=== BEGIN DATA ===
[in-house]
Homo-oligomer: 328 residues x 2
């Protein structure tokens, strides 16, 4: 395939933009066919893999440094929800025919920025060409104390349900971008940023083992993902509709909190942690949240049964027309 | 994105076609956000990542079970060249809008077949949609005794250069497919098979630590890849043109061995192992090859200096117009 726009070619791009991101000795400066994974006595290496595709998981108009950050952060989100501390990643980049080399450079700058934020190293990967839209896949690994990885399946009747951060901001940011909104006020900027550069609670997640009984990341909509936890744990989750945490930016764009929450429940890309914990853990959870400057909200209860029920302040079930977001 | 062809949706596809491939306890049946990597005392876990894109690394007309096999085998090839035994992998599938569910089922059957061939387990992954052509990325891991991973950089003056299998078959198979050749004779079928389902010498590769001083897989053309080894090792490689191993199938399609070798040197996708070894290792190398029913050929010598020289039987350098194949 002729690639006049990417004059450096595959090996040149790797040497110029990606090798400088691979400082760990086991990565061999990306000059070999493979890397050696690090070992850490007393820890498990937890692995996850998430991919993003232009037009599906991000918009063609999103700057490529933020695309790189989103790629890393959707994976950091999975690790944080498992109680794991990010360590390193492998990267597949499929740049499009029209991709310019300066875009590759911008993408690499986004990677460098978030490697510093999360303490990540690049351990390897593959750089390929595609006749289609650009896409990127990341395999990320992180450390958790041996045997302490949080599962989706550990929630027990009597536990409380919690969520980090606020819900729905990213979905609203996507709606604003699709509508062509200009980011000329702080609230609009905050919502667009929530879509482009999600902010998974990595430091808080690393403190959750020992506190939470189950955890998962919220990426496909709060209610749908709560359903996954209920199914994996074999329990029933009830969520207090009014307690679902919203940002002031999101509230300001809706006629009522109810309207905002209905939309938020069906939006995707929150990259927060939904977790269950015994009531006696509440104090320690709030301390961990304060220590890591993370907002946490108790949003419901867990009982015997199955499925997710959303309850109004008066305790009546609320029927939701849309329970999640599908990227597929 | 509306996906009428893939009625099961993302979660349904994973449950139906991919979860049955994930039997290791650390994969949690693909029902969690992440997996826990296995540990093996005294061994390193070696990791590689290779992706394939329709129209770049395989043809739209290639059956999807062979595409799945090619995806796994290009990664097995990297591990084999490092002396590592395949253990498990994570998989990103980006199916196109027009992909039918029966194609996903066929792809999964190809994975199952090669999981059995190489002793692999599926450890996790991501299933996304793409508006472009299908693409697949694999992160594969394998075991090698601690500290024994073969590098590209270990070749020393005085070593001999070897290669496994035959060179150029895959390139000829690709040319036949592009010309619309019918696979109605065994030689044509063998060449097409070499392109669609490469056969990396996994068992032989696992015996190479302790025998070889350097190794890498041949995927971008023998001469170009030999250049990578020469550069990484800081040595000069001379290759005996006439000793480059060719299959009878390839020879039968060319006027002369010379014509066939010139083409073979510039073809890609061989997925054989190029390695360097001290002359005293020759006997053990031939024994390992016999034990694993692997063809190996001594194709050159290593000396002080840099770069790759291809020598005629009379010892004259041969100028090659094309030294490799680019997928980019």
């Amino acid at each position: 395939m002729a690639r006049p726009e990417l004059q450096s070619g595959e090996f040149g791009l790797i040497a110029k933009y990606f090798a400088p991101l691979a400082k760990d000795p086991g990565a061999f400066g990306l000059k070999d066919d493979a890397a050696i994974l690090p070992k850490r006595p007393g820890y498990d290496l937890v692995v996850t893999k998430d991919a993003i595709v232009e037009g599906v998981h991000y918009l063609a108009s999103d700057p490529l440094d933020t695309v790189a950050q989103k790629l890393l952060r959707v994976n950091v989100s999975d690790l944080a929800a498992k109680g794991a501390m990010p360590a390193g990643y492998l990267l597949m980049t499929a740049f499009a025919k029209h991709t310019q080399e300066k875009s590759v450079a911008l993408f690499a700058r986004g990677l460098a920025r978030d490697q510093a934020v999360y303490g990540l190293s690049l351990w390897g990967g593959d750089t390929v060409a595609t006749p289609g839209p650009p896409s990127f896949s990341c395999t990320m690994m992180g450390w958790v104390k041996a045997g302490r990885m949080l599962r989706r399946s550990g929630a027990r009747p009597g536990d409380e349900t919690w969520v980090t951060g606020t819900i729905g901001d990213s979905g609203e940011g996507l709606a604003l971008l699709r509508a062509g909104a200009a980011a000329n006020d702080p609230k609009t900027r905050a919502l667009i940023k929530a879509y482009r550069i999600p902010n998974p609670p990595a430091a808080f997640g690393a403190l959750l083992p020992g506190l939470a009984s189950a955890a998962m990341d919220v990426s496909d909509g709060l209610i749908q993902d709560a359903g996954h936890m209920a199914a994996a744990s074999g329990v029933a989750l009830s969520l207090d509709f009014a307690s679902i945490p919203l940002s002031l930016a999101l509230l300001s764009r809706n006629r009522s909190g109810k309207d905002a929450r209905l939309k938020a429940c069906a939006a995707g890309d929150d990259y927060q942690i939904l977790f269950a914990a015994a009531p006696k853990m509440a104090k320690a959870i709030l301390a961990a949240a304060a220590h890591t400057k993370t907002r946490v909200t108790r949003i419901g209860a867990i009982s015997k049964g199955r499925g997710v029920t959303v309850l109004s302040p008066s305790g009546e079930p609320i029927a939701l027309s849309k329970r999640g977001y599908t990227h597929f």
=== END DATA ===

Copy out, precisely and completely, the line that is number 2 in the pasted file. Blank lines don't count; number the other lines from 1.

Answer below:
Homo-oligomer: 328 residues x 2